The sheer volume of sales you experience during the holiday season could put you in a very different situation during tax season next year. There are several considerations you’ll have to keep in mind, such as an increase in revenue, locations where you or other staff members work, and potential exemptions. These tips won't make up for advice from an accountant, but these are some things to keep in mind when dealing with sales tax.
Know Where You’re Selling
There are so many different taxes you’ll be responsible for this holiday season, from federal all the way down to city and even specific districts. If you don’t know where your customers are buying, you might miss one of the sales tax responsibilities on your list. It is up to you to know the specific districts where your buyers live, and that means you can’t just go on ZIP codes. Postal routes are changed all the time, but that doesn’t mean your districts change, too. Those ZIP codes don’t even specify certain cities, so you can’t rely on them in any way.
Know What You’re Selling
Did you know some products might carry different tax regulations than others? For instance, if you sell foods, some might be taxed in certain states while not at all taxed in others. Then, in some states, some of those foods will be taxable while others are tax-exempt. Do you have any idea which products within your ecommerce company require a sales tax in the various locations where they’re available for purchase?
Know If Prepayment Is Required
Some districts actually require prepayment, especially if large tax amounts occur often. This may also mean you’ll be on a different filing schedule than regular returns. Because you might be located in more than one jurisdiction, you’ll have to keep prepayment schedules and regular schedules straight or suffer the audits.
Know Your Nexus
This is the trickiest of all the tips, because you may not have any idea where your nexus is. Did you know it’s possible to have more than one? That’s why so many ecommerce companies end up in trouble. For the most part, you’re subject to the laws where your ecommerce company resides. However, you could have more than one nexus if you’ve opened a new office, if a large part of your staff resides in another area, and even if your products are manufactured in another area.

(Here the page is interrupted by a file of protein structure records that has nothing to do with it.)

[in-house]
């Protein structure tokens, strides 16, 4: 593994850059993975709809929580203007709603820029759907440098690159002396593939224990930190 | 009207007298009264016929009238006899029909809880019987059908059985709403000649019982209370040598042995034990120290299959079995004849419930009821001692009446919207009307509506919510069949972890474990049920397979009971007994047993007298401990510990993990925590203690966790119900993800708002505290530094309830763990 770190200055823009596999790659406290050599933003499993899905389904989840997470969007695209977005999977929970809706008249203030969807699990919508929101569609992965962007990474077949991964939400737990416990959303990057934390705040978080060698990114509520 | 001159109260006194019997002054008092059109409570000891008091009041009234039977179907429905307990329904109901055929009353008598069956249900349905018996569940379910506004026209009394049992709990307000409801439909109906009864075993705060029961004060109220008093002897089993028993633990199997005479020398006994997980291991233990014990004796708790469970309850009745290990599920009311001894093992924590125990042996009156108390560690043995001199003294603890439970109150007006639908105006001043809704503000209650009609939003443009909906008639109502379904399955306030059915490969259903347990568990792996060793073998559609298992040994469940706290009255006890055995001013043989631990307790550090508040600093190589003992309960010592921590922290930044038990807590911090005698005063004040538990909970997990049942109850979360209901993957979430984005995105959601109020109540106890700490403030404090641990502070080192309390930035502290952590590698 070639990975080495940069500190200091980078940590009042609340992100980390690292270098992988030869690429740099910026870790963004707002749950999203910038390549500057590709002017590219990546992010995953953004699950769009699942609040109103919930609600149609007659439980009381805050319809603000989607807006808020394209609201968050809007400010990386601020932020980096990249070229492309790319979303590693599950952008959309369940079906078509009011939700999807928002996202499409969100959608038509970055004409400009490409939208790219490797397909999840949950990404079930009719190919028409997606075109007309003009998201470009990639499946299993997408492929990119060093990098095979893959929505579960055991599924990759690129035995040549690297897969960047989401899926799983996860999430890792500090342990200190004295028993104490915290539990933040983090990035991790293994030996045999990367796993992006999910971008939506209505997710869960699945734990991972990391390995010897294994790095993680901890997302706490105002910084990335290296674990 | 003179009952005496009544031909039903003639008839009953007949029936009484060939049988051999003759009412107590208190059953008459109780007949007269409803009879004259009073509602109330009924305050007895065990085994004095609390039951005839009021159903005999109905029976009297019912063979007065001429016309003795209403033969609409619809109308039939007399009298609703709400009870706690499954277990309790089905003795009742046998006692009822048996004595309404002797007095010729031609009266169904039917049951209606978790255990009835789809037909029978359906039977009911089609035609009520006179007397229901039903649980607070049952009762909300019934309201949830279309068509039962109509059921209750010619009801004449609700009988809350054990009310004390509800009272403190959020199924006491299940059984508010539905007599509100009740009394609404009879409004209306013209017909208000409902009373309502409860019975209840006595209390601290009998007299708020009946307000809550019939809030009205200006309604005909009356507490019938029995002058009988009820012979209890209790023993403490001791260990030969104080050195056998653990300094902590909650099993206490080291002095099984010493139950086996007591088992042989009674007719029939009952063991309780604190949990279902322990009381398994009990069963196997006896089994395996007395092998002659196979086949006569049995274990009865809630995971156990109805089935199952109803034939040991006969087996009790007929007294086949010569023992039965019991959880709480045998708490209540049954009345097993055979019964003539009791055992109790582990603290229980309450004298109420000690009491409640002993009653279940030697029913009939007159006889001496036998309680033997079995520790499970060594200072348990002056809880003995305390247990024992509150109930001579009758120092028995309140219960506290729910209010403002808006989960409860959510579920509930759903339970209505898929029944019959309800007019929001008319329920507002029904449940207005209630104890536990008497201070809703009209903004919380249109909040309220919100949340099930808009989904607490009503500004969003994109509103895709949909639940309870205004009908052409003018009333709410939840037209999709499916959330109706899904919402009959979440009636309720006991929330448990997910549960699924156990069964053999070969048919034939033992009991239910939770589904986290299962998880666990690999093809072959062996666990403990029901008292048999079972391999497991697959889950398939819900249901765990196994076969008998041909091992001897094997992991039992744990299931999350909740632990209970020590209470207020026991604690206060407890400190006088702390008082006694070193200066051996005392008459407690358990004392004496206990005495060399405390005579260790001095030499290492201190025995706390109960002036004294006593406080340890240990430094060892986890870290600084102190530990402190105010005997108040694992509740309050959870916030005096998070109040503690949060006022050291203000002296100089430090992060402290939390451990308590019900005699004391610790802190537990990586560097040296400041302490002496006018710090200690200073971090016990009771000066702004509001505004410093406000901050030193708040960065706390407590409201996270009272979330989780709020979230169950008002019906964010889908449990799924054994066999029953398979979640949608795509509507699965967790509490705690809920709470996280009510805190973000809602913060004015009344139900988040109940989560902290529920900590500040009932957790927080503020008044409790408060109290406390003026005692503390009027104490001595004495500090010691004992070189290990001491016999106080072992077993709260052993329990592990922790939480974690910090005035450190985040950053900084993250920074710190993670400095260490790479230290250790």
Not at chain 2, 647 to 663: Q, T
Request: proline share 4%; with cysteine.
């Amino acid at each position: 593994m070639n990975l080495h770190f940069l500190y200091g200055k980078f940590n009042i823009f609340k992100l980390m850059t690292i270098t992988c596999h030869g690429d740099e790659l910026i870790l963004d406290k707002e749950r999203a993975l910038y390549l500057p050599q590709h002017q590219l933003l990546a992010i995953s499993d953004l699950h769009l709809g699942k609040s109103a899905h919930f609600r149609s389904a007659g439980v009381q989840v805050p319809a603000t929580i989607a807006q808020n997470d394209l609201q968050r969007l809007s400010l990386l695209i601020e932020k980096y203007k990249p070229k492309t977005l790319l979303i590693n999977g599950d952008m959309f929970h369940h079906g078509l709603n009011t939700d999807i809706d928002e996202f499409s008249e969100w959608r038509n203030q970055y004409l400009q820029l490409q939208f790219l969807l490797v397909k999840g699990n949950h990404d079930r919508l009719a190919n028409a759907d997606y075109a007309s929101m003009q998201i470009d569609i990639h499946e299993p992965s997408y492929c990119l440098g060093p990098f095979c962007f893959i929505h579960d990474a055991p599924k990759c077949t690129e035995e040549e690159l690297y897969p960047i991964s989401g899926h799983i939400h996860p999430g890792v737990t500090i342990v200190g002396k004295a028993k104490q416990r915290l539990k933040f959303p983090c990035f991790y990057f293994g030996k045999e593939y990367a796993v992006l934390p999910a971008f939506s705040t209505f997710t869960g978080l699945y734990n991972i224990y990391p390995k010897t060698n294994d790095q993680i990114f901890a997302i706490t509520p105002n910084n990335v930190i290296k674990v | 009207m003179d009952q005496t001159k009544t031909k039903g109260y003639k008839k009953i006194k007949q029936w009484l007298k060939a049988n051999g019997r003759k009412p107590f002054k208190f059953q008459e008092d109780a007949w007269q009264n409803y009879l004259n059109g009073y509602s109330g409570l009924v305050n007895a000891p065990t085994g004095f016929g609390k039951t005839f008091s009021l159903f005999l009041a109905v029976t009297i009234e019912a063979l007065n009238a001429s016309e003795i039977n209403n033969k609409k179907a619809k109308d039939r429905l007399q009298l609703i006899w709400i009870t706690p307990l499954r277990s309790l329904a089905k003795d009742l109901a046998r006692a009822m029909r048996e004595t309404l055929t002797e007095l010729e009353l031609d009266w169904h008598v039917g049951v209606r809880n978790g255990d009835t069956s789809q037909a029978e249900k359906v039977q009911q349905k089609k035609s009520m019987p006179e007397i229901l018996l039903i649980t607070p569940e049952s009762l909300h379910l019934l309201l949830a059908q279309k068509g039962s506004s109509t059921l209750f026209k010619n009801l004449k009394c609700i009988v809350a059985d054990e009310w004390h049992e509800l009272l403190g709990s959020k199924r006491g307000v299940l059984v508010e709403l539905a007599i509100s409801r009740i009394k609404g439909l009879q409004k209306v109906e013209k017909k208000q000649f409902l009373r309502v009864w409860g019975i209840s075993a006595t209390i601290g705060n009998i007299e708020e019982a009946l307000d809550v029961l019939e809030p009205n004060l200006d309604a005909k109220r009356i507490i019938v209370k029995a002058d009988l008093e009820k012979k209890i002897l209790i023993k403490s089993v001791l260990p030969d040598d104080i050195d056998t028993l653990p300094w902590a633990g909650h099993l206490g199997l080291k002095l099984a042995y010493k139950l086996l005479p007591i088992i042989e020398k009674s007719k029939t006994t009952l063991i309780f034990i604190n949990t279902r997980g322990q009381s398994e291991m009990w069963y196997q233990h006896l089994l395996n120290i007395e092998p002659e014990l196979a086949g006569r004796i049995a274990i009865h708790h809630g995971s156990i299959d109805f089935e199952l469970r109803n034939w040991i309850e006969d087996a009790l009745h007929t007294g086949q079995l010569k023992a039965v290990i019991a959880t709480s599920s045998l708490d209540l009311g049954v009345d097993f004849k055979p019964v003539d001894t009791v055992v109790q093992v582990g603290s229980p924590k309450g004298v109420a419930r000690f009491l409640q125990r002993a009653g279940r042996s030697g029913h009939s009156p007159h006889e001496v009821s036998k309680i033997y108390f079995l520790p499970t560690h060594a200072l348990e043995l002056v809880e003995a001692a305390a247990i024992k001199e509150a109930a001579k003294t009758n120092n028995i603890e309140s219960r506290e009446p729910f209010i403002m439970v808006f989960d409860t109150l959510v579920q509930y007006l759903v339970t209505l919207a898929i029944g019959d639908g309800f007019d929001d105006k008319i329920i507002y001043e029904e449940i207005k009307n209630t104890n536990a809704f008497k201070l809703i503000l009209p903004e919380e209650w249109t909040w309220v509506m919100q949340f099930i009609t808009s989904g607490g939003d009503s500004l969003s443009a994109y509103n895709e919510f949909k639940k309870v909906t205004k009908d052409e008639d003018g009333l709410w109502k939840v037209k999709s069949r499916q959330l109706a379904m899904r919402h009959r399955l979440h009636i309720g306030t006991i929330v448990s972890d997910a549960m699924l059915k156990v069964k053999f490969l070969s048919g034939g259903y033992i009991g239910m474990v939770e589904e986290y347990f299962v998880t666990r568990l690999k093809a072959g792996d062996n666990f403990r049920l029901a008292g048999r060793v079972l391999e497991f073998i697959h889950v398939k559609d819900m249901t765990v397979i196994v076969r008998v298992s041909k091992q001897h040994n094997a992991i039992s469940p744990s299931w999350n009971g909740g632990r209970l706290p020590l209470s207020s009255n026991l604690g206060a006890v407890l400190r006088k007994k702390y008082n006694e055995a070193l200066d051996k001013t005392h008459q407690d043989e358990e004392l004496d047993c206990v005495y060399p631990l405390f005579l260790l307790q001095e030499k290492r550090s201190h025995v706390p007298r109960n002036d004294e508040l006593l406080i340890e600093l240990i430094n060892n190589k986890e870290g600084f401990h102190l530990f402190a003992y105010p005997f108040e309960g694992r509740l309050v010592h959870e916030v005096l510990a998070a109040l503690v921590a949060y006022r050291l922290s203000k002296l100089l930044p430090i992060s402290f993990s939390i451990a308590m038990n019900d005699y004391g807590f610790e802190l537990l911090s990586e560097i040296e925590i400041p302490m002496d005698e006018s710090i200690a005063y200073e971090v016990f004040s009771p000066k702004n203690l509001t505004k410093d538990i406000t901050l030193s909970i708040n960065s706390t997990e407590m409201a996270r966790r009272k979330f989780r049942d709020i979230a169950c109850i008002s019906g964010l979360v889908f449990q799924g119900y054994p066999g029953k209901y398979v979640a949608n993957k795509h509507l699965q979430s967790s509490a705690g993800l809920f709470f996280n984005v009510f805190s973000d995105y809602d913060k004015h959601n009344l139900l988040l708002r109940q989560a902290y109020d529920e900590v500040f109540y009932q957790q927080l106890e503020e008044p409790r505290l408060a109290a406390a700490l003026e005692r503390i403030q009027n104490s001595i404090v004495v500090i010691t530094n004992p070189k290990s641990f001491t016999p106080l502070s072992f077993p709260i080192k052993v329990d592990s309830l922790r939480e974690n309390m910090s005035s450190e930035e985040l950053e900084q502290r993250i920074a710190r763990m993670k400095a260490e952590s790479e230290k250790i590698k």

Know Your Automation Options
Now, keeping up with all of these things is a full-time job, unless you have some way to automate the process. There are some ecommerce platforms that take care of the process for you. These automated programs will take into account where the business is being done, where the buyer lives, and all the requirements of the various districts and locations that apply. This greatly reduces the stress, work, and record keeping that you’ll need to do, while also minimizing your risk of an audit.
Now, have you considered your tax situation for the coming year? It’s not too late to get your taxes in order for the holiday season so that your books are balanced in 2016.
This blog post has provided information about the law designed to help our readers better understand the legal issues surrounding internet marketing. But legal information is not the same as legal advice -- the application of law to an individual’s specific circumstances. Although we have conducted research to better ensure that our information is accurate and useful, we insist that you consult a lawyer if you want professional assurance that our information, and your interpretation of it, is accurate. To clarify further, you may not rely upon this information as legal advice, nor as a recommendation or endorsement of any particular legal understanding, and you should instead regard this article as intended for entertainment purposes only.
Originally published Dec 30, 2015 7:00:00 AM, updated July 28 2017